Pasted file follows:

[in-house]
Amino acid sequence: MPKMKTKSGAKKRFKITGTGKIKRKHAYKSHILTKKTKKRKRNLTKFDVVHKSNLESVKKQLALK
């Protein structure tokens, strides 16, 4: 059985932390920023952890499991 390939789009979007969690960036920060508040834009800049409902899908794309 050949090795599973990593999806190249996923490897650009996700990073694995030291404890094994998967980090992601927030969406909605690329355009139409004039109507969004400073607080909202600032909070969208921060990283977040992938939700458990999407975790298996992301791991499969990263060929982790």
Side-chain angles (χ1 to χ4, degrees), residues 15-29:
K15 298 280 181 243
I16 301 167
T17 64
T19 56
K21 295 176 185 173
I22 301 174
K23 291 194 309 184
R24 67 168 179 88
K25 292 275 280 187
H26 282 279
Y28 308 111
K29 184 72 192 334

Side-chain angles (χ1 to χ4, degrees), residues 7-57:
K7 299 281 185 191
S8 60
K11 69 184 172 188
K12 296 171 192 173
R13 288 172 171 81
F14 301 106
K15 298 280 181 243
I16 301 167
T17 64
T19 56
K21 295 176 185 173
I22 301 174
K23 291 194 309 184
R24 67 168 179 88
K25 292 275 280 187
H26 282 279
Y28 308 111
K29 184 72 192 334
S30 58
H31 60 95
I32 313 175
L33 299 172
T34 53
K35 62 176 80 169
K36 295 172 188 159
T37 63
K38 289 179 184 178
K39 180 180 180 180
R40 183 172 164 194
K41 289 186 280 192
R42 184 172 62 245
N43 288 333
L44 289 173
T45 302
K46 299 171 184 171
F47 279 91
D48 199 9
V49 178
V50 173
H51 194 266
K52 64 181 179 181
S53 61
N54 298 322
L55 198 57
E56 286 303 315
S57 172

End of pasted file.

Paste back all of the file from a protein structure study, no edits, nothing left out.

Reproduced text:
[in-house]
Amino acid sequence: MPKMKTKSGAKKRFKITGTGKIKRKHAYKSHILTKKTKKRKRNLTKFDVVHKSNLESVKKQLALK
């Protein structure tokens, strides 16, 4: 059985932390920023952890499991 390939789009979007969690960036920060508040834009800049409902899908794309 050949090795599973990593999806190249996923490897650009996700990073694995030291404890094994998967980090992601927030969406909605690329355009139409004039109507969004400073607080909202600032909070969208921060990283977040992938939700458990999407975790298996992301791991499969990263060929982790």
Side-chain angles (χ1 to χ4, degrees), residues 15-29:
K15 298 280 181 243
I16 301 167
T17 64
T19 56
K21 295 176 185 173
I22 301 174
K23 291 194 309 184
R24 67 168 179 88
K25 292 275 280 187
H26 282 279
Y28 308 111
K29 184 72 192 334

Side-chain angles (χ1 to χ4, degrees), residues 7-57:
K7 299 281 185 191
S8 60
K11 69 184 172 188
K12 296 171 192 173
R13 288 172 171 81
F14 301 106
K15 298 280 181 243
I16 301 167
T17 64
T19 56
K21 295 176 185 173
I22 301 174
K23 291 194 309 184
R24 67 168 179 88
K25 292 275 280 187
H26 282 279
Y28 308 111
K29 184 72 192 334
S30 58
H31 60 95
I32 313 175
L33 299 172
T34 53
K35 62 176 80 169
K36 295 172 188 159
T37 63
K38 289 179 184 178
K39 180 180 180 180
R40 183 172 164 194
K41 289 186 280 192
R42 184 172 62 245
N43 288 333
L44 289 173
T45 302
K46 299 171 184 171
F47 279 91
D48 199 9
V49 178
V50 173
H51 194 266
K52 64 181 179 181
S53 61
N54 298 322
L55 198 57
E56 286 303 315
S57 172